The issue of surrogate mothers has been dramatized many times, from the 1970 movie The Baby Maker to the Baby M case that inspired a big TV movie and a few movies currently available on whatever streaming service or satellite network you have.
Now there is a new Israeli series about the topic, A Body That Works, from Keshet, that is to run on Channel 12 on Monday nights (starting February 13, with episodes available after they run on the Keshet website).
It is well done, if somewhat soapy (based on the first three episodes released to the press), as it tells the story of a Tel Aviv couple with fertility issues who hire a surrogate to carry their child, and shows how this process affects everyone involved. It also aims to be a portrait of contemporary Israel, tackling issues of class and ethnicity.
For Israeli audiences, part of the draw will be that it stars a who’s who of top Israeli actors.
An all-star cast of Israeli actors
The upper-class couple, Elli, a book editor, and Ido, a lawyer, are played by Rotem Sela (who starred in the series Lihyot Ita, aka The Beauty and the Baker, but you will also recognize her from her Bank Discount commercials and because she hosts Ninja Israel) and Yehuda Levi (who was in the series Very Important Person and The Arbitrator, and became a celebrity and a heartthrob after starring in the movie Yossi & Jagger 20 years ago).
Lior Raz, the creator and star of Fauda, is cast against type as an arrogant star director trying to write his first book for Elli’s publishing house, who is humbled and upset by Elli’s criticism.
But while these are all big names here, the standout performance is by Gal Malka as Chen, a struggling single mom who can’t support her son as a telemarketer and chooses to become the couple’s surrogate. She is by turns assertive and vulnerable and is particularly good in scenes where she has to deal with the social welfare system when her long-absent ex wants custody of their child.
The conflicts that come up are unlikely to surprise anyone. When Elli and Chen find a crib in the street, the chic Elli, who dresses mostly in beige, imagines fixing it up with gray bedding for the baby, while Chen says she would prefer large, multicolored flowers. Chen chafes as Elli reminds her to take vitamins and eat healthy food. The surrogacy process puts predictable stress on Elli and Ido’s marriage, and if you have read the preceding paragraphs you can guess what extramarital flirtations will tempt them.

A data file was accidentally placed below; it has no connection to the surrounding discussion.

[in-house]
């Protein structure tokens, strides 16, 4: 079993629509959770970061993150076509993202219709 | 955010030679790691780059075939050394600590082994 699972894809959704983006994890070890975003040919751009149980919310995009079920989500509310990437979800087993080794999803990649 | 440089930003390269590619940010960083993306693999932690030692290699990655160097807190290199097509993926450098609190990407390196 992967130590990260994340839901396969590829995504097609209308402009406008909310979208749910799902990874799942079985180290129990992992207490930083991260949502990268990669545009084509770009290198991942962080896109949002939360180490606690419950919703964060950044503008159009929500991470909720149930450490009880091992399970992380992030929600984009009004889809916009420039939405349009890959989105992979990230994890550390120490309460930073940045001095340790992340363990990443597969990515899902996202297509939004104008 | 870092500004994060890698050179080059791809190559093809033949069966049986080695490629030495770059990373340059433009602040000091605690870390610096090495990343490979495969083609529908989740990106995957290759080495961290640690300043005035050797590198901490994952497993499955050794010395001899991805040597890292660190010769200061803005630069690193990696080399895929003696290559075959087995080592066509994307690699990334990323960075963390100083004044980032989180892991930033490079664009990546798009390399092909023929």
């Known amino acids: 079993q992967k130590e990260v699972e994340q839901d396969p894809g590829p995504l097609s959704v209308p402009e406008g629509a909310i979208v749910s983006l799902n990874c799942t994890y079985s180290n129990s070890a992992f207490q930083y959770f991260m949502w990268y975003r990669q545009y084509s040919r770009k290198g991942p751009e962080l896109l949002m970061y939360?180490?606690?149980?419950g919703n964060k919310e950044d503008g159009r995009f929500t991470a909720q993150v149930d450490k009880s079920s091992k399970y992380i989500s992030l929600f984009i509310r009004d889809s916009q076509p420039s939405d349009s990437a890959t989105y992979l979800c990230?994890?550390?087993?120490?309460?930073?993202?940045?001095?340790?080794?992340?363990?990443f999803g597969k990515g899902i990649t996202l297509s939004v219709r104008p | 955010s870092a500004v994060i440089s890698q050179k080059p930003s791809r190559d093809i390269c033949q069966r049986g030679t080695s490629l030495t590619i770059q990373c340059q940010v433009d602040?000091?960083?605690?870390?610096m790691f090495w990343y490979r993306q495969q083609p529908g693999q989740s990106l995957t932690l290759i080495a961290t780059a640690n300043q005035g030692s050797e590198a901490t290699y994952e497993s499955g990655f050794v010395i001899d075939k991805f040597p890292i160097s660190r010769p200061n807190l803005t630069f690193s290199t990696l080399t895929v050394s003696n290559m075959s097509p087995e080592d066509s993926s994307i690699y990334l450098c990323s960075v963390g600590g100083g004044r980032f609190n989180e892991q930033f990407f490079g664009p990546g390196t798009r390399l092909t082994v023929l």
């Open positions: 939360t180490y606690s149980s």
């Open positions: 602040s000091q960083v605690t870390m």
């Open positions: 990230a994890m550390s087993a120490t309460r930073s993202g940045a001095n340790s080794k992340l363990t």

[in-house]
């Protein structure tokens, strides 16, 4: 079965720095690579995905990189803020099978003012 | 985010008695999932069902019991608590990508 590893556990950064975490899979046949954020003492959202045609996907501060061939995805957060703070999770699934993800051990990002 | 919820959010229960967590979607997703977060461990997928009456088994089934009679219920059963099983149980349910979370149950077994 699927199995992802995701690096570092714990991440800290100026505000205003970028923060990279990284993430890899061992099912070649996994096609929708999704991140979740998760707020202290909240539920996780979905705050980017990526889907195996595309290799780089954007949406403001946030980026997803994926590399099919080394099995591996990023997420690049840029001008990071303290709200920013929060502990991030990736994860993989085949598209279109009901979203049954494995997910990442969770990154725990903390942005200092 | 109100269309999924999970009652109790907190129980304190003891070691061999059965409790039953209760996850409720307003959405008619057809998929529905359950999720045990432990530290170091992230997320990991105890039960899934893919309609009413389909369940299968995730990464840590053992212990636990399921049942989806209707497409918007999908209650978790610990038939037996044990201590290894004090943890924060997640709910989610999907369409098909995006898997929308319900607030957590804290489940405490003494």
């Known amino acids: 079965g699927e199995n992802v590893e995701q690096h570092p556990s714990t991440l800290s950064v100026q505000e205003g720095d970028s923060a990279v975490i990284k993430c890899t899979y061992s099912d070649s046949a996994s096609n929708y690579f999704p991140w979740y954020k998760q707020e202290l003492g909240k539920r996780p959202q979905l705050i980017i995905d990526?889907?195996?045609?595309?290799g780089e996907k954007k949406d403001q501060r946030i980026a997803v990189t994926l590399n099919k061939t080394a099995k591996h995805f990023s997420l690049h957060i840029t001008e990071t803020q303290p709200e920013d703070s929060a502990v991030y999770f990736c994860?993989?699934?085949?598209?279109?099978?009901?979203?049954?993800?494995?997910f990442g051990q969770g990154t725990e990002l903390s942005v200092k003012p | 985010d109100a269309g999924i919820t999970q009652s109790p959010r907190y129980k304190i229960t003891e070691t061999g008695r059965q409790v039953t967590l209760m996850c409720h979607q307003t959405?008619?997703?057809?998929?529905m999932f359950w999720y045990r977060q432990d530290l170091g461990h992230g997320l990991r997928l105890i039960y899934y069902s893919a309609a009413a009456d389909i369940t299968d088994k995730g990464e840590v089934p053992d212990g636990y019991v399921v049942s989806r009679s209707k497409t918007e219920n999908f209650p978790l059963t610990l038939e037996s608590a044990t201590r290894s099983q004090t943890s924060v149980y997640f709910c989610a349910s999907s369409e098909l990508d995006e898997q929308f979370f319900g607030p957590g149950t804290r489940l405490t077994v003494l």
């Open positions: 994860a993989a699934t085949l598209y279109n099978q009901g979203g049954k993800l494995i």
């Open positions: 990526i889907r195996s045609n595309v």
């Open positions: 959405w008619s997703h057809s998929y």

A Body That Works is best when it comes to an examination of the social and economic underpinnings of the surrogacy. Chen is clearly Mizrahi, and when the series starts, she and her son are living with her mean father (Moris Cohen), while Elli is Ashkenazi and Ido is from an ethnically mixed family.
But in Israel, even the privileged are not really so privileged in a system that squeezes the middle class mercilessly, and in order to come up with the money to pay Chen, the idealistic Ido is forced to close his independent law practice and join a large firm of predatory corporate lawyers.
Elli, Ido and Chen face criticism from acquaintances and family who feel there is something unnatural and wrong about their decisions.
The Hebrew title of the series is Guf Shlishi, which translates in English to Third Person. This seems to me both a catchier and more apt representation of what this series is about, but the creators may have wanted to avoid any association with the Paul Haggis movie released a decade ago, even though it had a very different plot.
A Body that Works, which was created by Shira Hadad, Dror Mishani (both of whom collaborated on the series Wisdom of the Crowd) and Shay Capon (Dumb), who also directed the series, may well turn out to be the next Israeli series that gets remade abroad, because it has a straightforward premise that people all around the world will be able to relate to.
Those who enjoy dramas of this sort will be drawn in by the attractive cast and the slick production, but others will find it too predictable.